Alexander Van der Bellen.jpg

The final result of Austria's presidential election was set to be announced by Monday evening, after Sunday's vote resulted in a dead heat between Green candidate Alexander Van der Bellen and his far-right rival Norbert Hofer.

Pollsters projected both contenders to win 50 per cent of the ballots, with the former Green party chief leading by fewer then 3,000 votes.

Absentee ballots that will be counted until Monday evening will decide whether Austria's president in the coming six years will be a Green pro-European Union economist, or a eurosceptic with an anti-immigration stance.

Faced with evenly split voters, the two candidates stressed the need to bridge political divisions among Austrians.

"The person who wins will have the duty to unite," Hofer said Sunday evening.

"After the election, people usually sit down and try to work together as well as possible, according to good Austrian tradition," Van der Bellen said.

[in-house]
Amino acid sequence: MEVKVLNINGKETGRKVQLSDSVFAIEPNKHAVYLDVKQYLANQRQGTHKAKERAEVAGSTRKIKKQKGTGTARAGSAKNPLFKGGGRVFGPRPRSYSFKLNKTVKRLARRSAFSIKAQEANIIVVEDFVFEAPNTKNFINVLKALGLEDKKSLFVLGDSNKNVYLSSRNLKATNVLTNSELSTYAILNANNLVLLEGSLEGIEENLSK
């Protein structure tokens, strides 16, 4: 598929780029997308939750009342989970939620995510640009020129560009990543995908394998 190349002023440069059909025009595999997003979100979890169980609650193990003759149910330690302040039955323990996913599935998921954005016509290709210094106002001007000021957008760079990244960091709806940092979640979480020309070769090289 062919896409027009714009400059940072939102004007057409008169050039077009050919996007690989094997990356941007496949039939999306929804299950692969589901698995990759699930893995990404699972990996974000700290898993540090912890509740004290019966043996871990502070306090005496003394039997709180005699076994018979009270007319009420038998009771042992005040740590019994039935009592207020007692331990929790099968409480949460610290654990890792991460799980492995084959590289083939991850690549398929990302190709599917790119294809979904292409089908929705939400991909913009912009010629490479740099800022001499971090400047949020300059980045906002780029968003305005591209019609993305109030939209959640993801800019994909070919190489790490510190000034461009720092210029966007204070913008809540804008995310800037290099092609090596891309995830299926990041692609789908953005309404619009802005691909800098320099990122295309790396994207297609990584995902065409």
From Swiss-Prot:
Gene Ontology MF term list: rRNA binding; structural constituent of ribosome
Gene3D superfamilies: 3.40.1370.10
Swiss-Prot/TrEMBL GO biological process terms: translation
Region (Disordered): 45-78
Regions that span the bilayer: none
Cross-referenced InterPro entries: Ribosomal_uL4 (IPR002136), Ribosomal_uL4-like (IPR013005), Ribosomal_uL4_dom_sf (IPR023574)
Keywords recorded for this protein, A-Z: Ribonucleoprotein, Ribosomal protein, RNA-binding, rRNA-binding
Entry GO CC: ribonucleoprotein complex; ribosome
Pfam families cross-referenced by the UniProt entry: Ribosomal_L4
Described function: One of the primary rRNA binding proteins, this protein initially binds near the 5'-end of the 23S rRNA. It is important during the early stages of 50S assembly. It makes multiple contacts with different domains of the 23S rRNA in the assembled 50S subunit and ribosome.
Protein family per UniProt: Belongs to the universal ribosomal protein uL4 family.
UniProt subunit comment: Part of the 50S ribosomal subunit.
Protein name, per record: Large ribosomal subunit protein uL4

Foreign Minister Sebastian Kurz called for the result of the election to be respected, irrespective of "what it looks like and whether one is happy with it."

"No matter how the election pans out, I will do everything to keep Austria as a responsible partner on the European level," he told journalists in Brussels, where he was attending a meeting of EU foreign ministers.

The far right has been gaining traction in Europe for months and concerns are rife that the Austrian election will be a harbinger of things to come in other parts of the European Union.

"It is worrying to see what is happening in many European countries, through populist gains whether it be [on] the extreme right or the extreme left," Belgian Foreign Minister Didier Reynders said as he arrived for the EU meeting in Brussels.

He attributed the trend to sensitive subjects such as migration and security, which are currently at the top of the European agenda. But other ministers said that pro-European forces in the EU may also have fallen short.

"We ... mayde did not always defend Europe with the right arguments," said Luxembourg Foreign Minister Jean Asselborn, who expressed the hope that the "Europe-minded" presidential candidate will win in Austria.

"People are dissatisfied with the traditional, standard political parties," Slovak Foreign Minister Miroslav Lajcak added. "I really believe it's time for us to reflect upon it, because we must be doing something wrong."

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